Whips in Parliamentary Politics: A Complete Guide

Whips are a crucial aspect of parliamentary politics. They play a vital role in maintaining the organization of political parties within the parliament and ensuring the smooth functioning of the business of the House. In this article, we will delve deeper into the concept of whips, their types, functions, and constitutional status.

What is a Whip?

The concept of the whip was inherited from colonial British rule. It is used in parliamentary parlance often for floor management by political parties in the legislature. A whip is a written order issued by a political party to its members, directing them to be present for an important vote or to vote in a particular way. The term "whip" comes from the old British practice of "whipping in" lawmakers to follow the party line.

Types of Whips

There are three types of whips:

1. One-line whip: It informs the members about a vote and allows a member to abstain from following the party line.

2. Two-line whip: It directs the members to be present in the House at the time of voting, without any instructions on the pattern of voting.

3. Three-line whip: It is the strictest of all the whips and directs the members to vote as per the party line.

Functions of Whips

  1. The whip serves as a liaison between a political party's leadership and its members in parliament.
  2. The whip ensures that party members attend parliament in large numbers and are aware of the party's stance on specific issues.
  3. The whip regulates and monitors the behavior of party members in parliament to ensure that they adhere to the party's policies and procedures.
  4. Disciplinary action may be taken against members who fail to follow the whip's directives, including suspension or expulsion from the party.
  5. The whip manages the party's agenda and coordinates with other parties to advance the party's priorities, ensuring the smooth and efficient conduct of business on the floor of the House.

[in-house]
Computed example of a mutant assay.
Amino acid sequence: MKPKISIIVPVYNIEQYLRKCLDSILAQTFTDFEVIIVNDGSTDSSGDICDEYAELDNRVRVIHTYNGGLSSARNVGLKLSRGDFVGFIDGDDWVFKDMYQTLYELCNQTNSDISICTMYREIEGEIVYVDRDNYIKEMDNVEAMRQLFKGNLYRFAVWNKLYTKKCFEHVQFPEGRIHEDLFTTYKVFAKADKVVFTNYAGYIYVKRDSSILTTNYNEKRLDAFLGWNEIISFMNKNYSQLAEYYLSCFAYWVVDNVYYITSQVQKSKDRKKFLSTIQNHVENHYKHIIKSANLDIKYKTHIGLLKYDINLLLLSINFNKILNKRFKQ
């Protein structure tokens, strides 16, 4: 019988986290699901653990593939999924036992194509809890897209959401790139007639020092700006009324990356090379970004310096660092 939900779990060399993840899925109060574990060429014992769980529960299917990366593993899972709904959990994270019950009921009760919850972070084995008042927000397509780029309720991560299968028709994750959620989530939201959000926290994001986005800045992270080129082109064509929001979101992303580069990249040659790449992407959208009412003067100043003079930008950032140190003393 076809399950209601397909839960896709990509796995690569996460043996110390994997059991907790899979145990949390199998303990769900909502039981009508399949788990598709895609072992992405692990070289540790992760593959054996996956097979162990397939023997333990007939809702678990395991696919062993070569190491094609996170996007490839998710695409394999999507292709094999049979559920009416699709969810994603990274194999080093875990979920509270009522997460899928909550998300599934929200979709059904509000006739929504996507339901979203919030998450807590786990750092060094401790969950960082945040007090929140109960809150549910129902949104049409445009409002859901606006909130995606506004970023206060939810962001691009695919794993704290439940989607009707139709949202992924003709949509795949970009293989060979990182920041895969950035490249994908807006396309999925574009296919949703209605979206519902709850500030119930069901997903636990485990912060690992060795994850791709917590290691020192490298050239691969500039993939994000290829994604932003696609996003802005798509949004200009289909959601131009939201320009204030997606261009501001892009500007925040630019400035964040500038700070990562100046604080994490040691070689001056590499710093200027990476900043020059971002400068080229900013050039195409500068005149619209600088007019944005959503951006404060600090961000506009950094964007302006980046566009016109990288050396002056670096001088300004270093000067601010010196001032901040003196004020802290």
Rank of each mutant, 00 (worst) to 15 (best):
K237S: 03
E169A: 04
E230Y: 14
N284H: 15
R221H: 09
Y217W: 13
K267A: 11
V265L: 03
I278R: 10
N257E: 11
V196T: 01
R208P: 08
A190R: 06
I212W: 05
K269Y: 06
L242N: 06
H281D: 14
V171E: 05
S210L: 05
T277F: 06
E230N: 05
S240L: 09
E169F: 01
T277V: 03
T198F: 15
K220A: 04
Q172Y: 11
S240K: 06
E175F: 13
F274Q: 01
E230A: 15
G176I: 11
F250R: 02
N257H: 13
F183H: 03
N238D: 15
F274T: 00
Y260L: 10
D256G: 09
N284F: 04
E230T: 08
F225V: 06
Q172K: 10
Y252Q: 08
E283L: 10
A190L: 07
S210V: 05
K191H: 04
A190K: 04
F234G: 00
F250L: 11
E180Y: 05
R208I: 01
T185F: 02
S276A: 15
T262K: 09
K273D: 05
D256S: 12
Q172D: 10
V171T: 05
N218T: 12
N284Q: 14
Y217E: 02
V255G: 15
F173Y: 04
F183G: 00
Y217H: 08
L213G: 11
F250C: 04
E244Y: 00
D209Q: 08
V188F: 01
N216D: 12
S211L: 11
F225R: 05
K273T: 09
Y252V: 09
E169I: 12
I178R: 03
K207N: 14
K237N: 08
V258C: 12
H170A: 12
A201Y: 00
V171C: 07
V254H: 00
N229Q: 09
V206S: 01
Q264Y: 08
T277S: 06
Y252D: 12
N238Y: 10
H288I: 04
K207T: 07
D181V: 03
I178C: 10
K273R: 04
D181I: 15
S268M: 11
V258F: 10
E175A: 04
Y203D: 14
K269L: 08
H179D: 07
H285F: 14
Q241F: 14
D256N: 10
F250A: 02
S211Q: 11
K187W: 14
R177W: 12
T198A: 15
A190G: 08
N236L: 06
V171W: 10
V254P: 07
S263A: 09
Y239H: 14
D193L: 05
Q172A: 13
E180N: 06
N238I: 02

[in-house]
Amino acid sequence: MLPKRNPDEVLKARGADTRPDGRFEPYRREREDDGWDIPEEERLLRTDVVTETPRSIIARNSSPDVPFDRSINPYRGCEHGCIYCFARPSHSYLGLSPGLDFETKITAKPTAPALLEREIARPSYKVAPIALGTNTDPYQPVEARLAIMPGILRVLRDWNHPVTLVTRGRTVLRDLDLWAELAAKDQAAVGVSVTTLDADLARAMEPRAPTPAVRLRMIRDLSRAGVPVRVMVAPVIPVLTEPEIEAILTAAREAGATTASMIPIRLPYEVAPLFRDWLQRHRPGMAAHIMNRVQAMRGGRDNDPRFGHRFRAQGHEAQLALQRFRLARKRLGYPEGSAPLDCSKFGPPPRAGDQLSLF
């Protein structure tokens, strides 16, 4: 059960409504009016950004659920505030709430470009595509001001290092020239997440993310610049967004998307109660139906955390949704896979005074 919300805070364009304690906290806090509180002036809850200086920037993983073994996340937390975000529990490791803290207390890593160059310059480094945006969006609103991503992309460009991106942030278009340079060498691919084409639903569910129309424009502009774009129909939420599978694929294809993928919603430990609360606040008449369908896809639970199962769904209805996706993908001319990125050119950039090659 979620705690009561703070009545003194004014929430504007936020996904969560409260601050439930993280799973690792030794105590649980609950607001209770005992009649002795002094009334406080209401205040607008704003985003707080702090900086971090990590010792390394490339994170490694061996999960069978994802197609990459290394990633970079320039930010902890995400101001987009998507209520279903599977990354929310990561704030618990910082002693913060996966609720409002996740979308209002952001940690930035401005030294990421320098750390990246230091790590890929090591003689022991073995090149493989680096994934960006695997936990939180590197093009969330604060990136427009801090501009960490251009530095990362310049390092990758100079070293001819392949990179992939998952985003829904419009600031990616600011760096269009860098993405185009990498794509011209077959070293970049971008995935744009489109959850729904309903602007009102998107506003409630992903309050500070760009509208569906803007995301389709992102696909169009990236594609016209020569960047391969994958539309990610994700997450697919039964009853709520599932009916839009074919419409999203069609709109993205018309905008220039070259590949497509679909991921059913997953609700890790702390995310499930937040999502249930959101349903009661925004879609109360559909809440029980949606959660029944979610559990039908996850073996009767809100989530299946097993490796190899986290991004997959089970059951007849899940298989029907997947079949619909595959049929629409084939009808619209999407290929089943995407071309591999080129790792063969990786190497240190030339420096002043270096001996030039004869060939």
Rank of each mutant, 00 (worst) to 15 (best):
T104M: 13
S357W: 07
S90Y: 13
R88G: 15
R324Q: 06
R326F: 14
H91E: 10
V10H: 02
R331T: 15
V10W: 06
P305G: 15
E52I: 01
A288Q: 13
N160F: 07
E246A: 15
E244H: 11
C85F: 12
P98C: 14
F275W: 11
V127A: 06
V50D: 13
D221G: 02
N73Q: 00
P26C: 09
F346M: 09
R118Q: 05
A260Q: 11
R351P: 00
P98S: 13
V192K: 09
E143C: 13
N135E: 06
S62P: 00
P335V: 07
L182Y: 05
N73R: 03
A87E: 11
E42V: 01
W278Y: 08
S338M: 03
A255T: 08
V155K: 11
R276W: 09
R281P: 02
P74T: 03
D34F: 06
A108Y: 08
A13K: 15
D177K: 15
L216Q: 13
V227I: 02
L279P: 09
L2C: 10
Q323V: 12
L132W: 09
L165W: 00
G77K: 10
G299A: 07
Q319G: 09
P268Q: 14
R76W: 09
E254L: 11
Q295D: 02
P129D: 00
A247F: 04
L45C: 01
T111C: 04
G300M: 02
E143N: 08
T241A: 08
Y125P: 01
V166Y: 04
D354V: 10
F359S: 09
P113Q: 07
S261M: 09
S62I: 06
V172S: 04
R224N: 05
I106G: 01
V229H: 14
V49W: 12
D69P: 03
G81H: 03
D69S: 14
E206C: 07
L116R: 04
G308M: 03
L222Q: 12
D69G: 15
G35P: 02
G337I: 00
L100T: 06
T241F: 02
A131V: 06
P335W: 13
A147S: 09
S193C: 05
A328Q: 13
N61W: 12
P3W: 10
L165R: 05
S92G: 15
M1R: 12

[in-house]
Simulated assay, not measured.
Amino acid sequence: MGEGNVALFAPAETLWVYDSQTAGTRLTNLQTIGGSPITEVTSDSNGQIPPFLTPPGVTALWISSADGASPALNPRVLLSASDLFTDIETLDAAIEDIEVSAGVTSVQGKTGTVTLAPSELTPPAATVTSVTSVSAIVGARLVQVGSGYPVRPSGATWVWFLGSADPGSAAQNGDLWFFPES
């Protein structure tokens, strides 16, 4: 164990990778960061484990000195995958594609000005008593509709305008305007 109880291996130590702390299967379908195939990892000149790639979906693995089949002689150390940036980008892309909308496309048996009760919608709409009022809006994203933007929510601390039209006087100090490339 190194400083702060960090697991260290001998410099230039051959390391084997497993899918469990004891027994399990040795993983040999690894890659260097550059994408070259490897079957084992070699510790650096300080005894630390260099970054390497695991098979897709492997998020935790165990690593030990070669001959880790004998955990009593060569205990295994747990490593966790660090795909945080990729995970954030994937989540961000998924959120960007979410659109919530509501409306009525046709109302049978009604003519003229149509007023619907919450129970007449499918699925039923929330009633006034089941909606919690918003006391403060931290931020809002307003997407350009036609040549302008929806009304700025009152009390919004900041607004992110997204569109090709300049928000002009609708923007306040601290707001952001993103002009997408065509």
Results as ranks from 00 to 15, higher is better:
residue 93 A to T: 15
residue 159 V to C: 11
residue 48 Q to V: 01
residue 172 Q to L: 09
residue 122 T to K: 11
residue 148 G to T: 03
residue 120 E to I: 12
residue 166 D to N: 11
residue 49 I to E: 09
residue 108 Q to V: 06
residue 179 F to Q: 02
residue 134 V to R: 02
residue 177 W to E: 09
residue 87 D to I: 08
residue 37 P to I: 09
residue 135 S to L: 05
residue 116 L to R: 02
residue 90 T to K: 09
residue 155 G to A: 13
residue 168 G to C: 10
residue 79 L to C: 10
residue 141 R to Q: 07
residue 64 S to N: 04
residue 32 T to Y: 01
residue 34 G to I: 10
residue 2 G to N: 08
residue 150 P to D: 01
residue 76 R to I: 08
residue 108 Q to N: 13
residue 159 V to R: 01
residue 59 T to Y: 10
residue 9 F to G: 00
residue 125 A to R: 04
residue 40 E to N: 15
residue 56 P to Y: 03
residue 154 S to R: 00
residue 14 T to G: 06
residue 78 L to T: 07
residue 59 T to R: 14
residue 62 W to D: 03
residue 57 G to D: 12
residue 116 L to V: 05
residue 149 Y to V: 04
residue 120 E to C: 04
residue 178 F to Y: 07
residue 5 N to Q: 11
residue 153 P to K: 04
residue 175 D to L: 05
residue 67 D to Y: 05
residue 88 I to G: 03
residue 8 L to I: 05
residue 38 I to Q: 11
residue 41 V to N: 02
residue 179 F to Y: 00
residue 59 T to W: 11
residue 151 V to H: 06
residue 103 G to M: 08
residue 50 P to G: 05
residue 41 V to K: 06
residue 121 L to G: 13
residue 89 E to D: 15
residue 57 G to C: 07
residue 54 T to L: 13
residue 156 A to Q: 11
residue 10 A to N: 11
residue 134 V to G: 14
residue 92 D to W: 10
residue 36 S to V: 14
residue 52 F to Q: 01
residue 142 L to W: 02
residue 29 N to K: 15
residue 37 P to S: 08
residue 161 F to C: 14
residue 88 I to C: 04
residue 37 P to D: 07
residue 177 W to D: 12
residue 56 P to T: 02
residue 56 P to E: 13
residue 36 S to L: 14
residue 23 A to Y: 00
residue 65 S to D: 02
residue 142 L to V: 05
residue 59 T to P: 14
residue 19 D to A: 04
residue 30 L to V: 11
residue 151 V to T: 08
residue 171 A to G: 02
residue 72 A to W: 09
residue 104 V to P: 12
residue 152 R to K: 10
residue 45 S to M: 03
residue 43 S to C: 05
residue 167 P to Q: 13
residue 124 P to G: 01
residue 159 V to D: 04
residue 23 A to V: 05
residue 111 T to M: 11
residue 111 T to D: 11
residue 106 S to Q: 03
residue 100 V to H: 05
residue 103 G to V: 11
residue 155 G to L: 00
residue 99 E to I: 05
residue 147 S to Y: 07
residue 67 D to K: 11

6. The whip is responsible for identifying signs of discontent among party members and informing the respective party leaders, ensuring party unity and protecting the party's interests.
  7. The whip is a vital component of any political party's parliamentary strategy, and their effectiveness can have a significant impact on the party's success or failure.

Constitutional Status of Whips

The office of "whip" is not mentioned in the Constitution of India, the Rules of the House, or a Parliamentary Statute. It is based on the conventions of parliamentary government. However, there are some cases such as Presidential elections where whips cannot direct a Member of Parliament (MP) or Member of Legislative Assembly (MLA) on whom to vote.

Violation of Whips

If an MP violates their party's whip, they face expulsion from the House under the Anti-Defection Act, except when more than a third of legislators vote against a directive, effectively splitting the party.

Role of Whips in Rajya Sabha Elections

  • Whips do not apply to Rajya Sabha elections because these elections are conducted by the Election Commission outside the legislative assembly.
  • Due to the absence of whips in Rajya Sabha elections, MLAs who cross-vote cannot be subjected to disciplinary action under the 10th Schedule of the Indian Constitution, which deals with the anti-defection law.
  • This exemption allows MLAs to vote according to their personal preference, often referred to as a “conscience vote,” without the threat of disqualification for defying party orders.
  • This situation underscores a nuanced aspect of the anti-defection law that distinguishes between voting within the legislative assembly (where whips apply) and voting conducted externally by the Election Commission (where whips do not apply).


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